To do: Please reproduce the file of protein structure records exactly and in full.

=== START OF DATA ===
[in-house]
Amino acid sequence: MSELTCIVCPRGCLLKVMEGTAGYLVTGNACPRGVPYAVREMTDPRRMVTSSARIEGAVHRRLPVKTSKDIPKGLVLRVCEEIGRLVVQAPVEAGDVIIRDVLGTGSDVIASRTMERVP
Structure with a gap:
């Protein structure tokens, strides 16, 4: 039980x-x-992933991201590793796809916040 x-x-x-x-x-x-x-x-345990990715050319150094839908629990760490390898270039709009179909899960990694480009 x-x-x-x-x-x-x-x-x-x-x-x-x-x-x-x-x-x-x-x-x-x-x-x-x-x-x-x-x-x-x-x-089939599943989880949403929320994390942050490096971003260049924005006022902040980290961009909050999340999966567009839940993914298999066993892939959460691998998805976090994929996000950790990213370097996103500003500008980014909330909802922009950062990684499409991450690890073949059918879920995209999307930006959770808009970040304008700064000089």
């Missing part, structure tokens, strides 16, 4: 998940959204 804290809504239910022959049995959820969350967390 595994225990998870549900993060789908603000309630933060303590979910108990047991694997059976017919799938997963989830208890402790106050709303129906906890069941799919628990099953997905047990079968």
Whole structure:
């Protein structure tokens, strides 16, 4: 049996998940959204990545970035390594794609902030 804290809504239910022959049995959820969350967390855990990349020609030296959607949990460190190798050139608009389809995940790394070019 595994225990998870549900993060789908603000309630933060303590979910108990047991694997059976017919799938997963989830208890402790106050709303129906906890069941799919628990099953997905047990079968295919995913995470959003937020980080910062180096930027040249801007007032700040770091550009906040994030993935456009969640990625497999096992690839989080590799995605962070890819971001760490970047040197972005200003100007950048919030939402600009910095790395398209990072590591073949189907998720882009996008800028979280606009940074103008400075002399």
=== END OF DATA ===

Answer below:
[in-house]
Amino acid sequence: MSELTCIVCPRGCLLKVMEGTAGYLVTGNACPRGVPYAVREMTDPRRMVTSSARIEGAVHRRLPVKTSKDIPKGLVLRVCEEIGRLVVQAPVEAGDVIIRDVLGTGSDVIASRTMERVP
Structure with a gap:
């Protein structure tokens, strides 16, 4: 039980x-x-992933991201590793796809916040 x-x-x-x-x-x-x-x-345990990715050319150094839908629990760490390898270039709009179909899960990694480009 x-x-x-x-x-x-x-x-x-x-x-x-x-x-x-x-x-x-x-x-x-x-x-x-x-x-x-x-x-x-x-x-089939599943989880949403929320994390942050490096971003260049924005006022902040980290961009909050999340999966567009839940993914298999066993892939959460691998998805976090994929996000950790990213370097996103500003500008980014909330909802922009950062990684499409991450690890073949059918879920995209999307930006959770808009970040304008700064000089």
């Missing part, structure tokens, strides 16, 4: 998940959204 804290809504239910022959049995959820969350967390 595994225990998870549900993060789908603000309630933060303590979910108990047991694997059976017919799938997963989830208890402790106050709303129906906890069941799919628990099953997905047990079968």
Whole structure:
């Protein structure tokens, strides 16, 4: 049996998940959204990545970035390594794609902030 804290809504239910022959049995959820969350967390855990990349020609030296959607949990460190190798050139608009389809995940790394070019 595994225990998870549900993060789908603000309630933060303590979910108990047991694997059976017919799938997963989830208890402790106050709303129906906890069941799919628990099953997905047990079968295919995913995470959003937020980080910062180096930027040249801007007032700040770091550009906040994030993935456009969640990625497999096992690839989080590799995605962070890819971001760490970047040197972005200003100007950048919030939402600009910095790395398209990072590591073949189907998720882009996008800028979280606009940074103008400075002399």